‘You Swept Me Off My Feet’, 2009, oil on canvas, 200 x 180 cm, Turkan – Ziya Tacir Collection
Modern society is dominated not by ‘display’, but by ‘exposure’, and paintings such as ‘It Envied You’, ‘You Swept Me Off My Feet’ and ‘What’s wrong with you?’, 2009–10, ask questions about the emptiness we feel in this brave new world. It’s all very powerful stuff.
‘Knowingly’, 2009, oil on canvas, 250 x 180 cm, Suzan – Sami Kohen Collection
Unstable mental states and schizophrenia are explored in paintings such as ‘Knowingly’, ‘Unknowingly’ and ‘The Proclamation’, all from 2009. These also portray how the power structures (the government, the media) we ourselves have constructed, either knowingly or unknowingly, have turned our reality into a nightmarish existence. The figures in Güleryüz’s paintings are neither male or female, introducing a further narrative of gender politics, and the emotions they evoke are powerful – shock, discomfort, maybe disgust and even fear.
Early on in his career, Güleryüz discovered the ideal material with which to maintain the tension and expression of his sculptures: papier-mâché. In the 1970s this was virtually ignored by artists, and bronze, wood and marble ruled supreme. Güleryüz pioneered the use of papier-mâché in Turkey, a material which gave the medium a certain fragility.
Two of Güleryüz’s sculptures particularly encapsulate his style – the sculpture of the horse (Hayber – the artist’s own horse), its skeleton constructed from used furniture, and the dog. Both are scaled in size in order to establish a natural, one-to-one relationship with the viewer.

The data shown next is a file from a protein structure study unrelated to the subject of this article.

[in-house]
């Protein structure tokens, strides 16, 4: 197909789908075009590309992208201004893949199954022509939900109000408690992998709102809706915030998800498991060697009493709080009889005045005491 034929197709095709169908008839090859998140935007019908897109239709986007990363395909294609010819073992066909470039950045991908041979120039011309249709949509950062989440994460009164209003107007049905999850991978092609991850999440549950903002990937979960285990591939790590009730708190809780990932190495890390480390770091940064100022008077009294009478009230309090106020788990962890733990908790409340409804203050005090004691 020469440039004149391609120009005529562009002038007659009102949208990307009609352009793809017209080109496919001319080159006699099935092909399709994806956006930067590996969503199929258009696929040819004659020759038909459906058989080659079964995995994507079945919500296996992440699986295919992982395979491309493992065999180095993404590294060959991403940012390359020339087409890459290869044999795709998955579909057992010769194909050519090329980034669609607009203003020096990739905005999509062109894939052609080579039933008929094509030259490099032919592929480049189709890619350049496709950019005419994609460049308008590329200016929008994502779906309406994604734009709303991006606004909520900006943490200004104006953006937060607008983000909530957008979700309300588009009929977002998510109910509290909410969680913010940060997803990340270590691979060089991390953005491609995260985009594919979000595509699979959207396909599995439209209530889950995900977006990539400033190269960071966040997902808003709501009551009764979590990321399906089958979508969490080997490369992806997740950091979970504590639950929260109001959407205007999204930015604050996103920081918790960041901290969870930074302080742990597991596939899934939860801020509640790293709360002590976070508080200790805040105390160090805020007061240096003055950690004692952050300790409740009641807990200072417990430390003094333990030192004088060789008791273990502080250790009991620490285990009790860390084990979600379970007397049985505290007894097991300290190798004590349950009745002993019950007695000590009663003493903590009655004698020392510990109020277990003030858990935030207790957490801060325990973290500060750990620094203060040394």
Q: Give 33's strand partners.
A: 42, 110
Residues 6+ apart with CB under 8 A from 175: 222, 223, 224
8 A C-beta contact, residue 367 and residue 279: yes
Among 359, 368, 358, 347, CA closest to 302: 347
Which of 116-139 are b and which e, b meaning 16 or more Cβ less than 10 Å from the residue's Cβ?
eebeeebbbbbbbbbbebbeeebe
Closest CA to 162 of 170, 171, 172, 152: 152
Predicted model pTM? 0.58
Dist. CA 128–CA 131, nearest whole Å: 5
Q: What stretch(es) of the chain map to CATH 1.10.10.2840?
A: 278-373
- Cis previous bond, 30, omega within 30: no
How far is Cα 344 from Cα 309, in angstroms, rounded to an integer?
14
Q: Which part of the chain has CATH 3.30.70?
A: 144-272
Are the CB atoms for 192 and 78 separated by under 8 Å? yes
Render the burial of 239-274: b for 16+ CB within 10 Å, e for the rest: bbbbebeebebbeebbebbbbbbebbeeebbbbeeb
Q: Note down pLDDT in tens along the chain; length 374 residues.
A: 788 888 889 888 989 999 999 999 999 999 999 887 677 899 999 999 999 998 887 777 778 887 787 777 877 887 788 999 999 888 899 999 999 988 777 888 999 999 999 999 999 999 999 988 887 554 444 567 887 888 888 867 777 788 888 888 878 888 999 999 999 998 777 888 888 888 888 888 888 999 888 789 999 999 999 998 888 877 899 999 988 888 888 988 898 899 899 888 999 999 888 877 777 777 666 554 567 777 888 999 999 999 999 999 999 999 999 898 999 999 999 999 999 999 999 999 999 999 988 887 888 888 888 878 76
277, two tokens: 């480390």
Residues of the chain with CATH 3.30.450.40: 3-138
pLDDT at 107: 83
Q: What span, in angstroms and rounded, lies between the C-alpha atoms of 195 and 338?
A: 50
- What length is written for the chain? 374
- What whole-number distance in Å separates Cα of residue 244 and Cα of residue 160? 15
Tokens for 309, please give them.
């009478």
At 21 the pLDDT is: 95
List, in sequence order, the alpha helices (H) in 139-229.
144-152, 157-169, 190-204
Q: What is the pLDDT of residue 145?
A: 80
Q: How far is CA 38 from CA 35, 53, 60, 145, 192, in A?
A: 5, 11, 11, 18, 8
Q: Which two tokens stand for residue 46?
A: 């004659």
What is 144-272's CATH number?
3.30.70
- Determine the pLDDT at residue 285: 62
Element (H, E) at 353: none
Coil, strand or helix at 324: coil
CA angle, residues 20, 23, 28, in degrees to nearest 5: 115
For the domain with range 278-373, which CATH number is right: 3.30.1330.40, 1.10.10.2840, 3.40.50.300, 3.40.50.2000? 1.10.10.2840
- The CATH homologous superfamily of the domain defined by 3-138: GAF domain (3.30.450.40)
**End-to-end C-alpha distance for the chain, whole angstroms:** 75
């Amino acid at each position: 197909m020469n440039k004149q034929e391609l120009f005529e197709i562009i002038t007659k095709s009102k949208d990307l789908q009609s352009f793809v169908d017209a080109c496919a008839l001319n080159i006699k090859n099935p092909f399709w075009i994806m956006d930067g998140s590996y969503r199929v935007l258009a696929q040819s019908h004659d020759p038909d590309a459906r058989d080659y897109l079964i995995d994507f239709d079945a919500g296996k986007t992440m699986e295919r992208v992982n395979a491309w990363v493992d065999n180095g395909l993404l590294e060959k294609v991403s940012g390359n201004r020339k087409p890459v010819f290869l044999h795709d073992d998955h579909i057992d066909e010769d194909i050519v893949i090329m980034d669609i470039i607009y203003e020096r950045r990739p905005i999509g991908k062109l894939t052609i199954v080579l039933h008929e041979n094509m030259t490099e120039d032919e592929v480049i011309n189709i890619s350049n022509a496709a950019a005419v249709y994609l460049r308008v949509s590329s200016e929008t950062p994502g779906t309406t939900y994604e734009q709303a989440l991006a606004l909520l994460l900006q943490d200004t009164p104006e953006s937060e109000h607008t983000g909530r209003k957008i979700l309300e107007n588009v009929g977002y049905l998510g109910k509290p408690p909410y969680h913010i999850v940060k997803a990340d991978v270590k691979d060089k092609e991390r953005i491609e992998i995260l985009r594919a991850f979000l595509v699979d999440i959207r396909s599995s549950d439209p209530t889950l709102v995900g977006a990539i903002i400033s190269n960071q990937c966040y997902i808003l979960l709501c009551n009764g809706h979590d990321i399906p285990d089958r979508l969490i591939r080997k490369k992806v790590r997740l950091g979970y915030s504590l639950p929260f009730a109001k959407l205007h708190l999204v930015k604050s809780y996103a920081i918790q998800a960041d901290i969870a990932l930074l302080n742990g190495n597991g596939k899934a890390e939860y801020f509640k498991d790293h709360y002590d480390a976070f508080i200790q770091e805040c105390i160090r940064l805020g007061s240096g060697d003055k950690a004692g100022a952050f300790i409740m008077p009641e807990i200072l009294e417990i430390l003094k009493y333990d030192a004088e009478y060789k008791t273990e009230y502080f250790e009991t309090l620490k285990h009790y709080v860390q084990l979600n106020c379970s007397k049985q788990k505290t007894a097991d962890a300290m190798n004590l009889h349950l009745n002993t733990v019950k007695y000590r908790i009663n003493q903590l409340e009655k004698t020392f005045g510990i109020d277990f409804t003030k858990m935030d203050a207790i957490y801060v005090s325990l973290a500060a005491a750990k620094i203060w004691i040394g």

‘Untitled’, 1971, oil on canvas, 82 x 65 cm, artist’s collection
The exhibition also highlights Güleryüz’s near obsession with questioning and trying to understand his inner world – with texts by the artist peppered throughout. One corner is sectioned off as a small room, with the walls covered in Güleryüz’s quotes – what it means to paint, what it means to be a painter (these come from a compilation published by the İş Bank Cultural Publications in 2014). These call to mind the artist’s previous reflection on the painter wearing many hats – that of a poet, that of a philosopher. ‘Don’t people at every age consider their own beliefs to constitute the primary truth; that which they accept and the imaginary and emotional worlds they create themselves? Don’t they rely on this common ground to insert false truth into the category of reality? Isn’t it the nature of the artistic mind to seek the truth in spite of reality?’ asks one of Güleryüz’s philosophical quotes. And that is exactly what he has spent his career doing.
The exhibition continues until July 26. It is absolutely essential viewing for anyone who loves (or cares about) modern Turkish art.
Main image shows the painting, ‘I’m Not Your Mother’, 2011, oil on canvas, 250 x 180 cm, artist’s collection.